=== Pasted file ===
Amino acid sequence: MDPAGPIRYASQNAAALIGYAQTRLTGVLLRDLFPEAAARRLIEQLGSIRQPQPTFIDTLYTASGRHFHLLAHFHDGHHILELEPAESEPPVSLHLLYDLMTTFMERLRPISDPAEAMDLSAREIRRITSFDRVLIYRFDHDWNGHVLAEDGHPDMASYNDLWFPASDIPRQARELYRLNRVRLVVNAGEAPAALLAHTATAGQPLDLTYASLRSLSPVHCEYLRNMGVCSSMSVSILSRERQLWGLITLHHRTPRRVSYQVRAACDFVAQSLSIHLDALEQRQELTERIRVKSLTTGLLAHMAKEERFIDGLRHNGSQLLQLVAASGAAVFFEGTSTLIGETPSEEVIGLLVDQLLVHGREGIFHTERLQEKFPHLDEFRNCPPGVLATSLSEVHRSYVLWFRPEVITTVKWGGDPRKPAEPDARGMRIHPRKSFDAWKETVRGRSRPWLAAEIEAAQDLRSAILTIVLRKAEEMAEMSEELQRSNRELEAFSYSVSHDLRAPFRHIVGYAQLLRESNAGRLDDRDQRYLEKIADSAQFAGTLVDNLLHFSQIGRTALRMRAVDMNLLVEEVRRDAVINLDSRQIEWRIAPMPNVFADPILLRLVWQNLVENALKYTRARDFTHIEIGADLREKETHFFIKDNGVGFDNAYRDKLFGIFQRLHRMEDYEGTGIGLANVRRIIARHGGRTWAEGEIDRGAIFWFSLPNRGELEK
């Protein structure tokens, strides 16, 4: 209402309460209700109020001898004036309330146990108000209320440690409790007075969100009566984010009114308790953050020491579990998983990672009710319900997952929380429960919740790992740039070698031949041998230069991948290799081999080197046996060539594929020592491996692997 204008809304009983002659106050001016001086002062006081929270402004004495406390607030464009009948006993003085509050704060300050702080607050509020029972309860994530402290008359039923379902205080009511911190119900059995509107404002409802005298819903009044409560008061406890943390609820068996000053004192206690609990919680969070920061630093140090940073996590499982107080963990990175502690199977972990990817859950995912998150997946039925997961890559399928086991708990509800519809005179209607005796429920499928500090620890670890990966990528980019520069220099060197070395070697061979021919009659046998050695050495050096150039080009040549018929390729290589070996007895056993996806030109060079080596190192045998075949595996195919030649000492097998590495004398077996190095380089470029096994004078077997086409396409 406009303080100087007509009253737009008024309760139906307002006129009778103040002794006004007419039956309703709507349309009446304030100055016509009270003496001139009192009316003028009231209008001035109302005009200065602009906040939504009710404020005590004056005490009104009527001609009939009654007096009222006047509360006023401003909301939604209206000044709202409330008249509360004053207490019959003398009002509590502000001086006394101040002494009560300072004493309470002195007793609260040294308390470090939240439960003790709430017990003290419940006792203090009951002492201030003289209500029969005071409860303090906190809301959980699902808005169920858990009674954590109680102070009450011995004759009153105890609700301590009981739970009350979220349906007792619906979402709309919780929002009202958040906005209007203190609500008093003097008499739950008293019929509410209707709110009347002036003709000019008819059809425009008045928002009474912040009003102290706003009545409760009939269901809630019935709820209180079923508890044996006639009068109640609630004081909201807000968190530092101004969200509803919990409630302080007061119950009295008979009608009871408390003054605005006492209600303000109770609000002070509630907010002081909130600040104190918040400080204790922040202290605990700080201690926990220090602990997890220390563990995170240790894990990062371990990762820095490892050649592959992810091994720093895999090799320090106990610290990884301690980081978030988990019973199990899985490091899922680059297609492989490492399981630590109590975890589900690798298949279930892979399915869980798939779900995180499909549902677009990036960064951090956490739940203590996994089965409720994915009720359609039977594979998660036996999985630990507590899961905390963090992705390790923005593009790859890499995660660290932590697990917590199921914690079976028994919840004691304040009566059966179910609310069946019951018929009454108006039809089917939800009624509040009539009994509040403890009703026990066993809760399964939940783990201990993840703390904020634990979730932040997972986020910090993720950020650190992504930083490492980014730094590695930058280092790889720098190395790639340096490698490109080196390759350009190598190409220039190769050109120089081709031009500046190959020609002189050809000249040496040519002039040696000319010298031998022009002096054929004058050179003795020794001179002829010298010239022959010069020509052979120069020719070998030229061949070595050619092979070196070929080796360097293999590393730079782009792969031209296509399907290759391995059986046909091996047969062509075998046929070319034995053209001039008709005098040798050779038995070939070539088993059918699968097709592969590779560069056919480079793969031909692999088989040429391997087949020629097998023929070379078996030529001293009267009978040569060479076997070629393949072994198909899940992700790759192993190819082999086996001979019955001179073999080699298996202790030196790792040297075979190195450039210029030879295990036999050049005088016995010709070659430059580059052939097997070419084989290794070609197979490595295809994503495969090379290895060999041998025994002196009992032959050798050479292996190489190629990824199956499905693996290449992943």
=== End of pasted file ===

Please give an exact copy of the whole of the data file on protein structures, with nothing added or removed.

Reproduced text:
Amino acid sequence: MDPAGPIRYASQNAAALIGYAQTRLTGVLLRDLFPEAAARRLIEQLGSIRQPQPTFIDTLYTASGRHFHLLAHFHDGHHILELEPAESEPPVSLHLLYDLMTTFMERLRPISDPAEAMDLSAREIRRITSFDRVLIYRFDHDWNGHVLAEDGHPDMASYNDLWFPASDIPRQARELYRLNRVRLVVNAGEAPAALLAHTATAGQPLDLTYASLRSLSPVHCEYLRNMGVCSSMSVSILSRERQLWGLITLHHRTPRRVSYQVRAACDFVAQSLSIHLDALEQRQELTERIRVKSLTTGLLAHMAKEERFIDGLRHNGSQLLQLVAASGAAVFFEGTSTLIGETPSEEVIGLLVDQLLVHGREGIFHTERLQEKFPHLDEFRNCPPGVLATSLSEVHRSYVLWFRPEVITTVKWGGDPRKPAEPDARGMRIHPRKSFDAWKETVRGRSRPWLAAEIEAAQDLRSAILTIVLRKAEEMAEMSEELQRSNRELEAFSYSVSHDLRAPFRHIVGYAQLLRESNAGRLDDRDQRYLEKIADSAQFAGTLVDNLLHFSQIGRTALRMRAVDMNLLVEEVRRDAVINLDSRQIEWRIAPMPNVFADPILLRLVWQNLVENALKYTRARDFTHIEIGADLREKETHFFIKDNGVGFDNAYRDKLFGIFQRLHRMEDYEGTGIGLANVRRIIARHGGRTWAEGEIDRGAIFWFSLPNRGELEK
């Protein structure tokens, strides 16, 4: 209402309460209700109020001898004036309330146990108000209320440690409790007075969100009566984010009114308790953050020491579990998983990672009710319900997952929380429960919740790992740039070698031949041998230069991948290799081999080197046996060539594929020592491996692997 204008809304009983002659106050001016001086002062006081929270402004004495406390607030464009009948006993003085509050704060300050702080607050509020029972309860994530402290008359039923379902205080009511911190119900059995509107404002409802005298819903009044409560008061406890943390609820068996000053004192206690609990919680969070920061630093140090940073996590499982107080963990990175502690199977972990990817859950995912998150997946039925997961890559399928086991708990509800519809005179209607005796429920499928500090620890670890990966990528980019520069220099060197070395070697061979021919009659046998050695050495050096150039080009040549018929390729290589070996007895056993996806030109060079080596190192045998075949595996195919030649000492097998590495004398077996190095380089470029096994004078077997086409396409 406009303080100087007509009253737009008024309760139906307002006129009778103040002794006004007419039956309703709507349309009446304030100055016509009270003496001139009192009316003028009231209008001035109302005009200065602009906040939504009710404020005590004056005490009104009527001609009939009654007096009222006047509360006023401003909301939604209206000044709202409330008249509360004053207490019959003398009002509590502000001086006394101040002494009560300072004493309470002195007793609260040294308390470090939240439960003790709430017990003290419940006792203090009951002492201030003289209500029969005071409860303090906190809301959980699902808005169920858990009674954590109680102070009450011995004759009153105890609700301590009981739970009350979220349906007792619906979402709309919780929002009202958040906005209007203190609500008093003097008499739950008293019929509410209707709110009347002036003709000019008819059809425009008045928002009474912040009003102290706003009545409760009939269901809630019935709820209180079923508890044996006639009068109640609630004081909201807000968190530092101004969200509803919990409630302080007061119950009295008979009608009871408390003054605005006492209600303000109770609000002070509630907010002081909130600040104190918040400080204790922040202290605990700080201690926990220090602990997890220390563990995170240790894990990062371990990762820095490892050649592959992810091994720093895999090799320090106990610290990884301690980081978030988990019973199990899985490091899922680059297609492989490492399981630590109590975890589900690798298949279930892979399915869980798939779900995180499909549902677009990036960064951090956490739940203590996994089965409720994915009720359609039977594979998660036996999985630990507590899961905390963090992705390790923005593009790859890499995660660290932590697990917590199921914690079976028994919840004691304040009566059966179910609310069946019951018929009454108006039809089917939800009624509040009539009994509040403890009703026990066993809760399964939940783990201990993840703390904020634990979730932040997972986020910090993720950020650190992504930083490492980014730094590695930058280092790889720098190395790639340096490698490109080196390759350009190598190409220039190769050109120089081709031009500046190959020609002189050809000249040496040519002039040696000319010298031998022009002096054929004058050179003795020794001179002829010298010239022959010069020509052979120069020719070998030229061949070595050619092979070196070929080796360097293999590393730079782009792969031209296509399907290759391995059986046909091996047969062509075998046929070319034995053209001039008709005098040798050779038995070939070539088993059918699968097709592969590779560069056919480079793969031909692999088989040429391997087949020629097998023929070379078996030529001293009267009978040569060479076997070629393949072994198909899940992700790759192993190819082999086996001979019955001179073999080699298996202790030196790792040297075979190195450039210029030879295990036999050049005088016995010709070659430059580059052939097997070419084989290794070609197979490595295809994503495969090379290895060999041998025994002196009992032959050798050479292996190489190629990824199956499905693996290449992943």